Coronavirus Pandemic: Ohio cases surpass 5,000; 193 have died

What you need to know - April 8th

Ohio is now under an extended stay-at-home order until May 1.

There are now at least 5,148 confirmed cases of the coronavirus in Ohio with 193 deaths, according to the Ohio Department of Health. In Ohio, 1,495 people suffering from COVID-19 have been admitted to hospitals.

[ Coronavirus: Local cases, deaths reported to Ohio Department of Health ]

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The state has a population of 11.6 million.

The rate at which confirmed coronavirus cases in Ohio is increasing is going down, according to an analysis by WHIO.

Coronavirus cases in Ohio increased by 7 percent from Tuesday to Wednesday. Comparatively, cases increased by 8 percent the day before, and last week, cases were increasing 13 to 17 percent. In late March, cases were increasing by 23 to 31 percent daily.

Dr. Amy Acton, state health director, said Ohio is below the curve that initially was being targeted, but says it’s important to keep the current measures in place to prevent cases from climbing. “Don’t let up now,” she said.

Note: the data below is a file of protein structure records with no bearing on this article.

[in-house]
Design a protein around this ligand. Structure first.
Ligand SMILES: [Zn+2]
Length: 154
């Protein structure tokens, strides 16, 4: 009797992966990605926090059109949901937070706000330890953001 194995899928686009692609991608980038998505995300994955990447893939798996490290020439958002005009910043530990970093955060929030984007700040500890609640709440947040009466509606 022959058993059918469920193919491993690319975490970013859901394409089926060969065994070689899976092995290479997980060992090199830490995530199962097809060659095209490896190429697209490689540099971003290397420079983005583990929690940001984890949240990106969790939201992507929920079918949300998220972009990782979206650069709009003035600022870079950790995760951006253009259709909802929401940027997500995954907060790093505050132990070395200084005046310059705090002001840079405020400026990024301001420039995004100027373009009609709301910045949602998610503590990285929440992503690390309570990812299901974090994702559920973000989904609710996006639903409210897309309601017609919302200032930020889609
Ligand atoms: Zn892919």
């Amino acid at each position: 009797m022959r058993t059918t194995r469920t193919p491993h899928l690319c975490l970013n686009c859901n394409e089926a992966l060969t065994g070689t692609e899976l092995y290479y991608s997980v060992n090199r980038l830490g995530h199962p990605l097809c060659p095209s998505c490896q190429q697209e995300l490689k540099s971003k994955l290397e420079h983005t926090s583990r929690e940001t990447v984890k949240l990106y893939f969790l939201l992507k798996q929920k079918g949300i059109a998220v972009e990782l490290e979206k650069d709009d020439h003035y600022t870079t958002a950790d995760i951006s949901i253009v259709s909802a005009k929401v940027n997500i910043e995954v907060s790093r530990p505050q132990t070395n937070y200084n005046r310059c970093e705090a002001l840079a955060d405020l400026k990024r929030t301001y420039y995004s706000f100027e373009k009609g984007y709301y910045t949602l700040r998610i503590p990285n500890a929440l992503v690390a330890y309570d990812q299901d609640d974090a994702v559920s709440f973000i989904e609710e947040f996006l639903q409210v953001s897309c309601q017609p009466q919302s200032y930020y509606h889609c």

While the state is tracking confirmed cases, it’s important to note that due to the limited amount of testing available the number of confirmed cases is not a true reflection of actual cases in the state.

Gov. Mike DeWine provided a statewide update at 2 p.m.

The following announcements were made:

  • An Ohio corrections officer has passed away from coronavirus. John Dawson, 55, was from Mansfield, was a corrections officer at the Marion Correctional Institution and worked there since 1996. He tested positive for COVID-19 on March 30 and was the second officer to test positive in the Marion facility. He worked in the control center handing out equipment to staff. He had underlying health conditions.
  • DeWine made a plea to hospitals and others to not throw away N95 masks as they are precious materials. He’s asking hospitals to take advantage of Battelle’s service to sterilize the masks, which can be done up to 20 times. Battelle can now sterilize up to 160,000 N95 masks a day.